The Florida Small Business Emergency Bridge Loan Program has been activated by Gov. Rick Scott. The program is a source of practical cash flow to small businesses in Escambia, Santa Rosa, Okaloosa and Walton Counties, which were affected by last month’s severe flooding.
Escambia County building inspectors report about 160 businesses in unincorporated areas have flood damage, 83 of which are major. Businesses in Pensacola have $6 million in damages, while 23 businesses in Santa Rosa County were hit.
But just what is a bridge loan?
“In this purpose, it’s a loan developed to help a company’s cash flow until they get other loan proceeds or insurance payouts,” said Kelly Massey at the Florida Small Business Development Center, which is headquartered at the University of West Florida.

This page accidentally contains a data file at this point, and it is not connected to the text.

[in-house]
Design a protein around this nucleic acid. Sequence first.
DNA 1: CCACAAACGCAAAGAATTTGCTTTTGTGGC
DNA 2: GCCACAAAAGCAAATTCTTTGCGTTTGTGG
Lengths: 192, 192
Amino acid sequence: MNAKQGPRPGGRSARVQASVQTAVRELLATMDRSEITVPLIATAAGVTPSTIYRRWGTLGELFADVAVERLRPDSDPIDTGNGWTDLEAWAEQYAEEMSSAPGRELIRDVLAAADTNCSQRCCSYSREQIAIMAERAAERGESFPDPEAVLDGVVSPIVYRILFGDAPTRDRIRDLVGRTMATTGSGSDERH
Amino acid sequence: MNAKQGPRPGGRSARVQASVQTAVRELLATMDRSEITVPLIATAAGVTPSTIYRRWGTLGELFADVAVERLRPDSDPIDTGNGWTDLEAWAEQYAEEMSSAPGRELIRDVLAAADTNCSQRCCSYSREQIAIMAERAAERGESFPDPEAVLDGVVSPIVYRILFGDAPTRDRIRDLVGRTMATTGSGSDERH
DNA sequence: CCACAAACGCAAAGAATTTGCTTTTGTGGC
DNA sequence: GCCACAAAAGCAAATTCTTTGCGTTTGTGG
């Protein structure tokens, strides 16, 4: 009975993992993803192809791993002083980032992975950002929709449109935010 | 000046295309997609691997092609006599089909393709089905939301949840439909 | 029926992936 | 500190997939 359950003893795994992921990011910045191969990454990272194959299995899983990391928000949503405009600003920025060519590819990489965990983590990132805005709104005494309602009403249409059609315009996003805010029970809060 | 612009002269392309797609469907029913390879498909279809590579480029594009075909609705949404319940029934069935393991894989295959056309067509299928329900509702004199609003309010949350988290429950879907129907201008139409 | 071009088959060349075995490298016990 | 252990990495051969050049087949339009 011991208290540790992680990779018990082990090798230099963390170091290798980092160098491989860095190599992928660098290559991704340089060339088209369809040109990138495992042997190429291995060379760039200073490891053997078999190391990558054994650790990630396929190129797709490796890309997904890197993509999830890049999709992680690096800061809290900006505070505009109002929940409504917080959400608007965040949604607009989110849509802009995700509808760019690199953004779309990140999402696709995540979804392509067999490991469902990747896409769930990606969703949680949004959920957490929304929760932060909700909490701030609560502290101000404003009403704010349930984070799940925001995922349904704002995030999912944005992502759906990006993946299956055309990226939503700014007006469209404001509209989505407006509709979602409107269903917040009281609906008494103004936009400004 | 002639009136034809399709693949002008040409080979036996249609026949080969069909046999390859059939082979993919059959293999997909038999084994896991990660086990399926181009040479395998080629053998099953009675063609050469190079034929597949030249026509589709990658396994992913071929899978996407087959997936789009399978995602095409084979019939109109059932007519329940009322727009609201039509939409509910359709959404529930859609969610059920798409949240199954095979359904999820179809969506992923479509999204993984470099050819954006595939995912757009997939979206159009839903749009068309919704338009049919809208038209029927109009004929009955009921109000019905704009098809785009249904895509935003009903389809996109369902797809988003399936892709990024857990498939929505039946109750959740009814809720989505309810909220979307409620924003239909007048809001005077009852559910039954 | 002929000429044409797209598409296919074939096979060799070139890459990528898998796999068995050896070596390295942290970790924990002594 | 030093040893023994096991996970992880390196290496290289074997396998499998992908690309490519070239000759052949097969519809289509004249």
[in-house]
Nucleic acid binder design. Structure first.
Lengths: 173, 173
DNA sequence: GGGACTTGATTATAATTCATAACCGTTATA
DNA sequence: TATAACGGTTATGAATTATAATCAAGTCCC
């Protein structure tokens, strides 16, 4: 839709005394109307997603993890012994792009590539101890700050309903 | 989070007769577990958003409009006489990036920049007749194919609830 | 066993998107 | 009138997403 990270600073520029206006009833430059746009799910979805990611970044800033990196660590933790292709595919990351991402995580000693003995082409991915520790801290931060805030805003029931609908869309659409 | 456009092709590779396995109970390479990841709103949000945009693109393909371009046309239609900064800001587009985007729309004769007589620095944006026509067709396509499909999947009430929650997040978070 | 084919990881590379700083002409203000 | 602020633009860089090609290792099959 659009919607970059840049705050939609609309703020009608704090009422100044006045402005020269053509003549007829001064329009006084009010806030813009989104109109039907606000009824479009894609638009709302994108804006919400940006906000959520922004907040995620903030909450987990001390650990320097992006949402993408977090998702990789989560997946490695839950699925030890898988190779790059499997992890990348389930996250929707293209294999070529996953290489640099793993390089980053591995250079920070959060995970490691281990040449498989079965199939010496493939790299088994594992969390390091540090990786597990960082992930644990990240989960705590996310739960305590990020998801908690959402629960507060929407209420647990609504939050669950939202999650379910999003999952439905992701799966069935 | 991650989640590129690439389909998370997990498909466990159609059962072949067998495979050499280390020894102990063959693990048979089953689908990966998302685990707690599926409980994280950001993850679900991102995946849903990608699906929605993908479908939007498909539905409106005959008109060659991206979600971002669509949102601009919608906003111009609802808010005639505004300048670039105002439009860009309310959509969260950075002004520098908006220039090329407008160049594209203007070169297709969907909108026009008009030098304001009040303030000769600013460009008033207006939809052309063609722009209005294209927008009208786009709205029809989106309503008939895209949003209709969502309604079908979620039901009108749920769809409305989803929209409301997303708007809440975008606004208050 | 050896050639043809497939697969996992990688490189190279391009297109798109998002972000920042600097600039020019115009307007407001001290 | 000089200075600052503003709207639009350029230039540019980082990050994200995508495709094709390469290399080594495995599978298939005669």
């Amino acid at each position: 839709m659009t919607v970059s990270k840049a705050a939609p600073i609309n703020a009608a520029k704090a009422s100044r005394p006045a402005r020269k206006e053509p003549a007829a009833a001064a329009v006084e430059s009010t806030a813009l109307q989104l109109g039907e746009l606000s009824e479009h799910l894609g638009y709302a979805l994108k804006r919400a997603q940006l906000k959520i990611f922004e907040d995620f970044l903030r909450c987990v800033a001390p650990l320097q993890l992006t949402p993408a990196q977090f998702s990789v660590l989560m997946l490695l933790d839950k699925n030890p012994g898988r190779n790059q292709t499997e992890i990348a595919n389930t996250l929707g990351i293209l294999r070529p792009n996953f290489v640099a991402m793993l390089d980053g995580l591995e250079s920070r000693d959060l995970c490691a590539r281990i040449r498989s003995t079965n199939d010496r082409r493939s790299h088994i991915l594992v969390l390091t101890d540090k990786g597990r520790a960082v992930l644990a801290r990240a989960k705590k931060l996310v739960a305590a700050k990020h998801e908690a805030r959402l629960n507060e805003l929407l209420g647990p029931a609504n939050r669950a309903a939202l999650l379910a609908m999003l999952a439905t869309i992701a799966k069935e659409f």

“Small businesses” are defined as those with between two and one hundred employees. Massey says they’ve received about seven applications so far, but are re-publicizing their availability, while processing what’s come in. He adds that there are requirements to follow, and reminds potential applicants that this is NOT a grant.
“If they’ve received a bridge loan before, that loan must be paid back in full,” said Massey. “And of course they have to qualify based on the requirements of the loan committee. So they would have to have some type of method of payback, since it’s a short-term loan.”
The first step towards securing a small business disaster loan begins with visiting the website floridadisasterloan.org. Additional information is available online at sbdc.uwf.edu, or by calling 474-2528.
Florida’s Small Business Emergency Bridge Loan Program was first activated in 1992 after Hurricane Andrew. Thirteen subsequent activations have provided more than $63 million in assistance following the Winter Storm of 1993; Northwest Florida Floods in 1994; tornadoes in 2007; and a spate of Hurricanes including Opal, Ivan, and Dennis.